Nothing should be held back in this surrender. It is all or nothing. The abandonment to God is absolute. As a result, the rewards are either fruitful or else frightening.
A brother renounced the world and gave his goods to the poor. However, he kept back just a little for his personal expenses and needs. He went to see Abba Antony. When he told him of this, the old man said to him: “If you want to be a monk, go into the village, buy some meat, cover your naked body with this meat, and then come here like that.” The brother did so. And the dogs and birds tore at his flesh. When he came back, the old man asked him whether he had followed his advice. The brother simply showed Antony his wounded body. Saint Antony said: “Those who renounce the world but choose to keep back even a little for themselves are torn in this way by the demons.”4
The desert is a place of spiritual revolution, not of personal retreat. It is a place of inner protest, not outward peace. It is a place of deep encounter, not of superficial escape. It is a place of repentance, not recuperation. Living in the desert does not mean living without people; it means living for God. Antony and the other desert dwellers never forgot this. They never sought to cut off their connections to other people instantly. They sought rather to refine these relationships increasingly.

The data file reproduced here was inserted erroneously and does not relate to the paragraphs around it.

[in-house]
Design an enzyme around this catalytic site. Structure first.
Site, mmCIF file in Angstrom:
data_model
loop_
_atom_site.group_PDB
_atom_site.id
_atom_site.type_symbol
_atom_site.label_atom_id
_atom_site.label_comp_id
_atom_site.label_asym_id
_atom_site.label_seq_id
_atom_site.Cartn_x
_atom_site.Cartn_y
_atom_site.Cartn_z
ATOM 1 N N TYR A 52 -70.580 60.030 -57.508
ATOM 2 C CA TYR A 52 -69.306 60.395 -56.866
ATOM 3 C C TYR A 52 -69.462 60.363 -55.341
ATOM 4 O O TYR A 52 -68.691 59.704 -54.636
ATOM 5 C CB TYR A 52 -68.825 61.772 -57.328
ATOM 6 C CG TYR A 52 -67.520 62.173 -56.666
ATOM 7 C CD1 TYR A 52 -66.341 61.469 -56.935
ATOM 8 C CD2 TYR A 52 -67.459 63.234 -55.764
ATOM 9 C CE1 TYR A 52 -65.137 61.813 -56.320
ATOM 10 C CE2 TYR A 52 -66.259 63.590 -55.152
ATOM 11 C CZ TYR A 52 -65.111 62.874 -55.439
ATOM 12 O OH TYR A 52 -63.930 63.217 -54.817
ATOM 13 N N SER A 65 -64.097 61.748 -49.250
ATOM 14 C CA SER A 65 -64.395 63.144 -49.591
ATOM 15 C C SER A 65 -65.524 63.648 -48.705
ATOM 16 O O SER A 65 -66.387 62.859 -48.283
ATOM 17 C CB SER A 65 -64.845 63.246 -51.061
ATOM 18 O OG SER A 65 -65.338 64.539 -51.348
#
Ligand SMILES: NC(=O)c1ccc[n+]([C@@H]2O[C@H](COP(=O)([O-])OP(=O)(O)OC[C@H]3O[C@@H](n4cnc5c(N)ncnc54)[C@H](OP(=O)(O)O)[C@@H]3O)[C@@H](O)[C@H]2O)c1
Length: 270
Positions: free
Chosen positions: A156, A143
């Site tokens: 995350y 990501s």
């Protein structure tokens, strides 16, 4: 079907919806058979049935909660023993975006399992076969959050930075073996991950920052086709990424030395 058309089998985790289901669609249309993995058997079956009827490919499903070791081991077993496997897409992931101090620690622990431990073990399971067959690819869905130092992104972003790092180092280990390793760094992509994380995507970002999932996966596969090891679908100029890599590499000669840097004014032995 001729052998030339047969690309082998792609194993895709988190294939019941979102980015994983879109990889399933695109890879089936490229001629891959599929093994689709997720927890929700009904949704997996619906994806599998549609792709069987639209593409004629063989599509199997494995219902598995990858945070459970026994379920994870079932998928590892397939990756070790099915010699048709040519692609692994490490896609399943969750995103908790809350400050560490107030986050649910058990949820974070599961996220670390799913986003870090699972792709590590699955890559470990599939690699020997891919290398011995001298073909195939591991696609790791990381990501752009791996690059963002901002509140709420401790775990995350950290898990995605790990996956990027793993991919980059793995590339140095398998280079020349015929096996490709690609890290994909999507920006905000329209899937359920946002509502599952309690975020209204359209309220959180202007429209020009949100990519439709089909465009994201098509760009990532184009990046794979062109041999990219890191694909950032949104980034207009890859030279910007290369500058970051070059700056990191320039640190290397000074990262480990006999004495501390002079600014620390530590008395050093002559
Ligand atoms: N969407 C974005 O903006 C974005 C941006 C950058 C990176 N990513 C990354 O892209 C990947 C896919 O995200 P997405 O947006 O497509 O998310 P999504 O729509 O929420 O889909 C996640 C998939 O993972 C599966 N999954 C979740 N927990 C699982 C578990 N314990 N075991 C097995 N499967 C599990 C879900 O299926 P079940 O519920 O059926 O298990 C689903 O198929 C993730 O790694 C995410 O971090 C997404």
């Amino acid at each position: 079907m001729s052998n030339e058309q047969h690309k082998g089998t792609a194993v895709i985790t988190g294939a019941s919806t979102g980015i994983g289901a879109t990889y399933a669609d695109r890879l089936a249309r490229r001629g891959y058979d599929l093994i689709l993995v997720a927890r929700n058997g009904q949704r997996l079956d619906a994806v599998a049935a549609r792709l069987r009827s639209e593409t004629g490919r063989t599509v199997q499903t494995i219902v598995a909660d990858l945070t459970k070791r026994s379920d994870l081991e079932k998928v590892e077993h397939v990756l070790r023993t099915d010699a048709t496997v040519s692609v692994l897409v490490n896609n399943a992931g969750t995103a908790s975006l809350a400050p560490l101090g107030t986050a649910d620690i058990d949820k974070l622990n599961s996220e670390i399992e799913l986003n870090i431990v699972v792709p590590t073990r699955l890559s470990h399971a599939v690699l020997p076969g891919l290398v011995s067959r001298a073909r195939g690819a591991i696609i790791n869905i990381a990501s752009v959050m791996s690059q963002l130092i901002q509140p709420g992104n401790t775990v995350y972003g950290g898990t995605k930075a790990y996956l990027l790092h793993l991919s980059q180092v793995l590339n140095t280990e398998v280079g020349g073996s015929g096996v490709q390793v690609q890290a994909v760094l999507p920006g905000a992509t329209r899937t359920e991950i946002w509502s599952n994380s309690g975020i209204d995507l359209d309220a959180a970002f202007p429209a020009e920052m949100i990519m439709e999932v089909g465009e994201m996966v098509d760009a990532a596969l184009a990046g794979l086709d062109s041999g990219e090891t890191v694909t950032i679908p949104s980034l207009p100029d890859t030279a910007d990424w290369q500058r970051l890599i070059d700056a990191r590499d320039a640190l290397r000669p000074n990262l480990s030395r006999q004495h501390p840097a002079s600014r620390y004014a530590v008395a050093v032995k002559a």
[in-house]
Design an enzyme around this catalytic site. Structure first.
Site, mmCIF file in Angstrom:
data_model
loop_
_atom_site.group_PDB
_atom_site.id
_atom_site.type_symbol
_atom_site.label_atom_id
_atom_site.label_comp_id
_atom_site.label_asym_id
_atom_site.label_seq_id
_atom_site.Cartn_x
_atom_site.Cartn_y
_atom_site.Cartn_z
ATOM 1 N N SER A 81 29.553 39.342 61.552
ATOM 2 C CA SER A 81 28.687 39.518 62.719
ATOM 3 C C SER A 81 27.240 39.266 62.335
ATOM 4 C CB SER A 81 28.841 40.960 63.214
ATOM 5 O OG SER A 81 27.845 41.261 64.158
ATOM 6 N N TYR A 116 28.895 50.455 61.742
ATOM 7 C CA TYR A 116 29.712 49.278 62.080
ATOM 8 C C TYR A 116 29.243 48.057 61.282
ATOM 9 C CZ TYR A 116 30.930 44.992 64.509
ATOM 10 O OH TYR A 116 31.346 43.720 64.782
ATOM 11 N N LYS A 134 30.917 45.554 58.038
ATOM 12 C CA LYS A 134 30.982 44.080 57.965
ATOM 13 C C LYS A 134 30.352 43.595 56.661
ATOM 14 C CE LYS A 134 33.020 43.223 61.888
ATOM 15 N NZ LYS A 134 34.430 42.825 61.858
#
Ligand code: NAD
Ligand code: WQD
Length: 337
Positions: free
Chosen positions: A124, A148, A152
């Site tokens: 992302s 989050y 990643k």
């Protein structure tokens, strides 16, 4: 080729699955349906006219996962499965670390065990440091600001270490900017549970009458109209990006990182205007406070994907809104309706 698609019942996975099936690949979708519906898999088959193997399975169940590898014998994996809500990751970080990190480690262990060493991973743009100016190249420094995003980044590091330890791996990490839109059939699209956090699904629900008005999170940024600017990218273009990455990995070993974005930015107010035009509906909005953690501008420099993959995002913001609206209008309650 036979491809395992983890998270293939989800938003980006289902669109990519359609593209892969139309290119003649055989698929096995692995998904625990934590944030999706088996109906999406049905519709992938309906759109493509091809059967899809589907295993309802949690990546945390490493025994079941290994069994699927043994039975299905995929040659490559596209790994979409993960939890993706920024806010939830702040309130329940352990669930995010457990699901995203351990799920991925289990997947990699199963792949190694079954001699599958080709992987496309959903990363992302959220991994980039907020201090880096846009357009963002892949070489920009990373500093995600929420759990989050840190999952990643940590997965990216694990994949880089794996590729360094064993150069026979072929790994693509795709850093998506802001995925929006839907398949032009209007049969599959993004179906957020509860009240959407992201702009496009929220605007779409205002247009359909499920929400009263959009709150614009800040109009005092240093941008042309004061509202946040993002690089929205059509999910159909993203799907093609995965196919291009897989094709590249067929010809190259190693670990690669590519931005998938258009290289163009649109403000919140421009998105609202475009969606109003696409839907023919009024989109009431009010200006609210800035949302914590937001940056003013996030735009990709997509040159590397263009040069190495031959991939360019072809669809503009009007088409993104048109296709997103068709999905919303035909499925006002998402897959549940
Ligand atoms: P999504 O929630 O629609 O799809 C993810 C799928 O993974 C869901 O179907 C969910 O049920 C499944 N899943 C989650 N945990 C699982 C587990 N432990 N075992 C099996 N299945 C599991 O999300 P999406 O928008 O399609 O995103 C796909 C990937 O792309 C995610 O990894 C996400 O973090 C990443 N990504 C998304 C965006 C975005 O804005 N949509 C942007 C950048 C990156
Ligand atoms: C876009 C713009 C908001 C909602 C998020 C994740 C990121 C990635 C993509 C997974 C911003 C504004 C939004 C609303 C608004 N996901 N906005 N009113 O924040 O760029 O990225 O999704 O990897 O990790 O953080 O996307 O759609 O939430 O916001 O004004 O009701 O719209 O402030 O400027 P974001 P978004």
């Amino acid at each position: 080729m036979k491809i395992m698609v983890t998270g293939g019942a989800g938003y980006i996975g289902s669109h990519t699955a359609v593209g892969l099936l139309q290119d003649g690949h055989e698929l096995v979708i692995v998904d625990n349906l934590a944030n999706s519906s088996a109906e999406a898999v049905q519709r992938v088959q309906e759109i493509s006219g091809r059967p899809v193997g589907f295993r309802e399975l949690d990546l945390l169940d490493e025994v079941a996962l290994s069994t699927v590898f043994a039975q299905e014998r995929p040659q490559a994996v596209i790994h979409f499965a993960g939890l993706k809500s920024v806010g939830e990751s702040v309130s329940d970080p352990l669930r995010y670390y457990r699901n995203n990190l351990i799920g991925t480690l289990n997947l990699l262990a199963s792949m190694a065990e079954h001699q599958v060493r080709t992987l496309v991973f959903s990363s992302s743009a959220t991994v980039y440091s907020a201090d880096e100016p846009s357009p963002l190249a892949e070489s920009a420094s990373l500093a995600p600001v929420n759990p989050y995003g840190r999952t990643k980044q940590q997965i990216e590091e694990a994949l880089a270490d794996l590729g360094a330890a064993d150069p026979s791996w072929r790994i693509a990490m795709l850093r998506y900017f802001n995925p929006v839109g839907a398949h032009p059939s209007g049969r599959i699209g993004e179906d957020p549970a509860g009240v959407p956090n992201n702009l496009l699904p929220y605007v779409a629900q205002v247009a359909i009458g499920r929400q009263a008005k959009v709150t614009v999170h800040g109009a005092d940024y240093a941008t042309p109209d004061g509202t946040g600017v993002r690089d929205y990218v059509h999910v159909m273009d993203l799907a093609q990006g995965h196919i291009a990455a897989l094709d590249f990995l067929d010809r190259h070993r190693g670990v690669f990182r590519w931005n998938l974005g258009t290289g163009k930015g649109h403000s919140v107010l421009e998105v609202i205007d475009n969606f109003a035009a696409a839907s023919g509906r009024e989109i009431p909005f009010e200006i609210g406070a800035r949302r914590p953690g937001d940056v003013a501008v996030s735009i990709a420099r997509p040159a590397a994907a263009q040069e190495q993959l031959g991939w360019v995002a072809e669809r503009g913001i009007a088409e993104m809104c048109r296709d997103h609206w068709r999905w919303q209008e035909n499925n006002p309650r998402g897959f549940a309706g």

Of course, the desert was, on a deeper level, always more than simply a place. It was a way. And it was not the desert that made the Desert Fathers and Mothers, any more than it was the lion that made the martyrs.5 The Sayings contain many stories that reveal the desert as a spiritual way that was present everywhere, including the large and busy cities.
It was revealed to Abba Antony in his desert that there was someone who was his equal in the city. He was a doctor by profession. Whatever he had beyond his needs, he would give to the poor; and every day he sang hymns with the angels.6